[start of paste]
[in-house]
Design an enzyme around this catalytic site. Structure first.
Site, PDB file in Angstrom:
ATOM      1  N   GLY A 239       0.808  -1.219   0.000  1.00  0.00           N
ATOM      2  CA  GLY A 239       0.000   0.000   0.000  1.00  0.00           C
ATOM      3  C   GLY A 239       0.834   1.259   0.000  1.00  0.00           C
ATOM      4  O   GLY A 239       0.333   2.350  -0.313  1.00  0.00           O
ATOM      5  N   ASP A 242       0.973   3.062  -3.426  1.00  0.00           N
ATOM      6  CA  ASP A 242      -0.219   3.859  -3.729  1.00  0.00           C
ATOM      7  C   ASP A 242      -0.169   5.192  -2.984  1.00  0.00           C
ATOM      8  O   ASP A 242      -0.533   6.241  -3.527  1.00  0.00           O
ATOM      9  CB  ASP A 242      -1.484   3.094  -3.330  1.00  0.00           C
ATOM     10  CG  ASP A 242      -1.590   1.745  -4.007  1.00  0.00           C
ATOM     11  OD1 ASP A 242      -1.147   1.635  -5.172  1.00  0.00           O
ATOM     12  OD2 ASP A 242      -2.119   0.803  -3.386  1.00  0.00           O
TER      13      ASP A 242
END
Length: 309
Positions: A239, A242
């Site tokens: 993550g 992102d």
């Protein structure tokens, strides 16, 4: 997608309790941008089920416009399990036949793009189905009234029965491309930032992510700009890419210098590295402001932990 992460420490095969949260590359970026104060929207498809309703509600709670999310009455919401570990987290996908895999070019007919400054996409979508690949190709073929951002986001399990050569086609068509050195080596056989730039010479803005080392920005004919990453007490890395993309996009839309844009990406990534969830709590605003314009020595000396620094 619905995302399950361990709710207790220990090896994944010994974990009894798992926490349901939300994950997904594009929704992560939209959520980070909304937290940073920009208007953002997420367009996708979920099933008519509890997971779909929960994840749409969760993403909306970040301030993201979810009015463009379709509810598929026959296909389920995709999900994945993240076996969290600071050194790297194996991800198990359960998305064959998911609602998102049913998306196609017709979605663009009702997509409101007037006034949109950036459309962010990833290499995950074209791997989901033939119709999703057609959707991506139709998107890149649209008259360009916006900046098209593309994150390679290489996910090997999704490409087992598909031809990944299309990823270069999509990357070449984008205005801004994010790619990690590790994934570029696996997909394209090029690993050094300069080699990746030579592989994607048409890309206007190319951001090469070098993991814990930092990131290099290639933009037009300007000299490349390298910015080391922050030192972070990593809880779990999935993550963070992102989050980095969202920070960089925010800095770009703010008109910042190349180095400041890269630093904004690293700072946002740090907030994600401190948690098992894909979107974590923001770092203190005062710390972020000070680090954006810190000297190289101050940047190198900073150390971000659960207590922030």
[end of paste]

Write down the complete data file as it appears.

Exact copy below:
[in-house]
Design an enzyme around this catalytic site. Structure first.
Site, PDB file in Angstrom:
ATOM      1  N   GLY A 239       0.808  -1.219   0.000  1.00  0.00           N
ATOM      2  CA  GLY A 239       0.000   0.000   0.000  1.00  0.00           C
ATOM      3  C   GLY A 239       0.834   1.259   0.000  1.00  0.00           C
ATOM      4  O   GLY A 239       0.333   2.350  -0.313  1.00  0.00           O
ATOM      5  N   ASP A 242       0.973   3.062  -3.426  1.00  0.00           N
ATOM      6  CA  ASP A 242      -0.219   3.859  -3.729  1.00  0.00           C
ATOM      7  C   ASP A 242      -0.169   5.192  -2.984  1.00  0.00           C
ATOM      8  O   ASP A 242      -0.533   6.241  -3.527  1.00  0.00           O
ATOM      9  CB  ASP A 242      -1.484   3.094  -3.330  1.00  0.00           C
ATOM     10  CG  ASP A 242      -1.590   1.745  -4.007  1.00  0.00           C
ATOM     11  OD1 ASP A 242      -1.147   1.635  -5.172  1.00  0.00           O
ATOM     12  OD2 ASP A 242      -2.119   0.803  -3.386  1.00  0.00           O
TER      13      ASP A 242
END
Length: 309
Positions: A239, A242
């Site tokens: 993550g 992102d």
């Protein structure tokens, strides 16, 4: 997608309790941008089920416009399990036949793009189905009234029965491309930032992510700009890419210098590295402001932990 992460420490095969949260590359970026104060929207498809309703509600709670999310009455919401570990987290996908895999070019007919400054996409979508690949190709073929951002986001399990050569086609068509050195080596056989730039010479803005080392920005004919990453007490890395993309996009839309844009990406990534969830709590605003314009020595000396620094 619905995302399950361990709710207790220990090896994944010994974990009894798992926490349901939300994950997904594009929704992560939209959520980070909304937290940073920009208007953002997420367009996708979920099933008519509890997971779909929960994840749409969760993403909306970040301030993201979810009015463009379709509810598929026959296909389920995709999900994945993240076996969290600071050194790297194996991800198990359960998305064959998911609602998102049913998306196609017709979605663009009702997509409101007037006034949109950036459309962010990833290499995950074209791997989901033939119709999703057609959707991506139709998107890149649209008259360009916006900046098209593309994150390679290489996910090997999704490409087992598909031809990944299309990823270069999509990357070449984008205005801004994010790619990690590790994934570029696996997909394209090029690993050094300069080699990746030579592989994607048409890309206007190319951001090469070098993991814990930092990131290099290639933009037009300007000299490349390298910015080391922050030192972070990593809880779990999935993550963070992102989050980095969202920070960089925010800095770009703010008109910042190349180095400041890269630093904004690293700072946002740090907030994600401190948690098992894909979107974590923001770092203190005062710390972020000070680090954006810190000297190289101050940047190198900073150390971000659960207590922030």